Sunday, July 15, 2012
The Bronz Horseman
I am breathless, having just read 637 pages of adventure, love, secrets, betrayal, heartache, and sacrifice. I must admit that there were times I wanted to give up on the book. Like when I first picked it up from the library and it was so huge! Not that I don't like reading, or couldn't finish that many pages, but it seemed like a really big commitment to make to a book! Then again during frustrating - no maddening- arguments between Tatiana and Alexander! I could hardly bare the intensity and insanity of it. And again during such deep heartache and loss; if I could barely make it through another page, I couldn't see how the characters would manage another breath. But isn't this what great books do to us, don’t they evoke such intense feelings and create vivid images that we feel as though we are living along side it? At one point, during the blockade, when food was scarce and rations were dwindling, I was called away from the book to have lunch with my family. It was the strangest feeling eating, I felt as though I needed to save part of my meal for later, not knowing where or when the next bite of food would come. That’s how immersed I became.
The second World War has always fascinated me, and I have read many historical fiction books from this time period, though none have been from the perspective from the Communist Russia. I found this love story set during WWII Soviet Union, spellbinding. Reading about communism from the perspective of someone who never knew any different. The living conditions, shared kitchens and bathrooms, multiple generations sharing two rooms, bread lines, and ration cards are so foreign to me.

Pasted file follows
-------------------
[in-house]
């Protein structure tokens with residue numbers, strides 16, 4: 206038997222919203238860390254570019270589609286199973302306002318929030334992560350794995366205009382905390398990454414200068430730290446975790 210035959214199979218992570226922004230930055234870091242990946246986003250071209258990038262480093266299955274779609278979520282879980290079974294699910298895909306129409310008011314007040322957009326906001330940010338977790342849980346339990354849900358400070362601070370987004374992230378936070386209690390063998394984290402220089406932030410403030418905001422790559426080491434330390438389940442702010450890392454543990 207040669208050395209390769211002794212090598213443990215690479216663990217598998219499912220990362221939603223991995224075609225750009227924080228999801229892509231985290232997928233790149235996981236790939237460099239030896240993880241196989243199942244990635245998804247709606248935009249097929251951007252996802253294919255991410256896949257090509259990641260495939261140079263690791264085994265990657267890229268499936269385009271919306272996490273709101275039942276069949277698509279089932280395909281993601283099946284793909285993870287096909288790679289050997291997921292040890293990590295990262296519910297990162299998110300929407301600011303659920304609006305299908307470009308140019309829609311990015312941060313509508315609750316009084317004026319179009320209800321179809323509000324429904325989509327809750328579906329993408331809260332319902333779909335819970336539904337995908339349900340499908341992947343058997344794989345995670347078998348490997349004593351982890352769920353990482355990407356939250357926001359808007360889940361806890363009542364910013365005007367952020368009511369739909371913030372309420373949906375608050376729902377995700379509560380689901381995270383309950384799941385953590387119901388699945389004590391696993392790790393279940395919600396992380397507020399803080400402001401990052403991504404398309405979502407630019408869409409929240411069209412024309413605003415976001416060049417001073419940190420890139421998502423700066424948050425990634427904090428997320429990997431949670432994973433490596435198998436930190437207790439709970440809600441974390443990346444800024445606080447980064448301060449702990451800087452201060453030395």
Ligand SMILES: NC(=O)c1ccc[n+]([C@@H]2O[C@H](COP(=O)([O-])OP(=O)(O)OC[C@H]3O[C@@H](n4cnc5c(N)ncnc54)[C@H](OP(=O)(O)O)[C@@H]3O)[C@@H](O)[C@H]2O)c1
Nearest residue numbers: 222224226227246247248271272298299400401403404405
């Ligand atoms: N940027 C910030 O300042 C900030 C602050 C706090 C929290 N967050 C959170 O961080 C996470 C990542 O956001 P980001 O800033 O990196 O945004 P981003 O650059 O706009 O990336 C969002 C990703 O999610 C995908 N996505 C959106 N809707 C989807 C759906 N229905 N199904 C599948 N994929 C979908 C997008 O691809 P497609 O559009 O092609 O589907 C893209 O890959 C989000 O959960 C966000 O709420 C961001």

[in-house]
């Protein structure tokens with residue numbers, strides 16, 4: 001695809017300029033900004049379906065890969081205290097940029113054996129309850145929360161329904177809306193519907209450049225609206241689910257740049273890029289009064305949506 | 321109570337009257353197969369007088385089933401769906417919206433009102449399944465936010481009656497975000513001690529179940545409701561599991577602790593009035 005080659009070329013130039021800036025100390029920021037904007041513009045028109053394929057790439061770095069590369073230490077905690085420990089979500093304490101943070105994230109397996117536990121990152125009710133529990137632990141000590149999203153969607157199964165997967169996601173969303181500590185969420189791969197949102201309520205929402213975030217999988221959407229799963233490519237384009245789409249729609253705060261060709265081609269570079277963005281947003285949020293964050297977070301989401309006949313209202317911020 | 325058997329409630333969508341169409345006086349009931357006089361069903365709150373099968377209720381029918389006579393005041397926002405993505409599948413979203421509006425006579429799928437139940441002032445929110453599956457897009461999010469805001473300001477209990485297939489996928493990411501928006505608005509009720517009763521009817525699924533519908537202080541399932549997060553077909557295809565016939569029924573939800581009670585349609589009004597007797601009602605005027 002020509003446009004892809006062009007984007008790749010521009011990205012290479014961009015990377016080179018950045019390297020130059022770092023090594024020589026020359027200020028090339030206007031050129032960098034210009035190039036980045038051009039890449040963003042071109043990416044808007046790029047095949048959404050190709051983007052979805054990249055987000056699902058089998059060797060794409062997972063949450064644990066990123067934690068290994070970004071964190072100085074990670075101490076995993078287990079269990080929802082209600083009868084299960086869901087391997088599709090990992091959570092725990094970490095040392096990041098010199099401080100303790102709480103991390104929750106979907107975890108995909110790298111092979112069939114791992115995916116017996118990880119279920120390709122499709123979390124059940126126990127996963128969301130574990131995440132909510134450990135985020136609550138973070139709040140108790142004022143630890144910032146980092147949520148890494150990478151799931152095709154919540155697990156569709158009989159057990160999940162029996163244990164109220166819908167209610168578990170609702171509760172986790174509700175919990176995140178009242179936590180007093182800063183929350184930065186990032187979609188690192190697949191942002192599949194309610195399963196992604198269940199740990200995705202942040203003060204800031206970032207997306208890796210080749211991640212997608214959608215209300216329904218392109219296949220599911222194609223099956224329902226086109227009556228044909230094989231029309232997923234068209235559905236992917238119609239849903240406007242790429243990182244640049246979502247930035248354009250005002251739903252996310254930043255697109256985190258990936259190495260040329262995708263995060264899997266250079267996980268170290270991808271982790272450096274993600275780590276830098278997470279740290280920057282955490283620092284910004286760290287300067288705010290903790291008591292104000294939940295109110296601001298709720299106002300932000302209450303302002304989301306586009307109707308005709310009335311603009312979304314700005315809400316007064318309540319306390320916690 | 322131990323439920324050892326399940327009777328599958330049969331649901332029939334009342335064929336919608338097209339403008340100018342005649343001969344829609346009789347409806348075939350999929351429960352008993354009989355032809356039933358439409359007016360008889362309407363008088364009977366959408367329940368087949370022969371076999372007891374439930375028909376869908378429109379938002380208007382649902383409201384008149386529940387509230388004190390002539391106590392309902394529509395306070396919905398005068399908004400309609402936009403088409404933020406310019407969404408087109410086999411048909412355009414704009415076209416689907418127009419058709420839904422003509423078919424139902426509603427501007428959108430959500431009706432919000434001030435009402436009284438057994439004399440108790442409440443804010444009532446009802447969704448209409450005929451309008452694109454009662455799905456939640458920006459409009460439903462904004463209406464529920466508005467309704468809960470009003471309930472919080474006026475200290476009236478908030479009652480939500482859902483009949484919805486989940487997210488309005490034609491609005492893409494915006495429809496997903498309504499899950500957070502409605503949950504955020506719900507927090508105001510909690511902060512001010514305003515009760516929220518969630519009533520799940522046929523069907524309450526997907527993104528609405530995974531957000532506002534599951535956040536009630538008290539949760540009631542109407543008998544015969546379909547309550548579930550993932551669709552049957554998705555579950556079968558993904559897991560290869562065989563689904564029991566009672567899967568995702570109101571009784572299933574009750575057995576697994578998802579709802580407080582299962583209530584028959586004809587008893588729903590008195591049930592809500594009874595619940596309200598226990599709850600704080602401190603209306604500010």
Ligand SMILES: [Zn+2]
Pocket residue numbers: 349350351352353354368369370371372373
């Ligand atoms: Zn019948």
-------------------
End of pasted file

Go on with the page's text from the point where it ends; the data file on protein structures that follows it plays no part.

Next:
It was intriguing to see how the ideals of communism broke down during the time of war, and in its place self enterprise was rewarded with food and money. How some Soviets viewed Hitler and Stalin as two sides of the same coin. . .
It was, again, appalling to see just how fierce and strong the Germans were, and just how close they came to reaching their goal. This book is a brutal reminder that many suffered, many starved, and many died at the hands of one man's ideals.
But this is not the heart of this story, just the intricate weaving of place and time. This story is much, much, more. It is a story of love, and the sacrifices one will make for that love. Whether that love be for family, for country, for self, or for a lover - a soul mate, love demands sacrifice. That is what this story is, it is a story of sacrifice.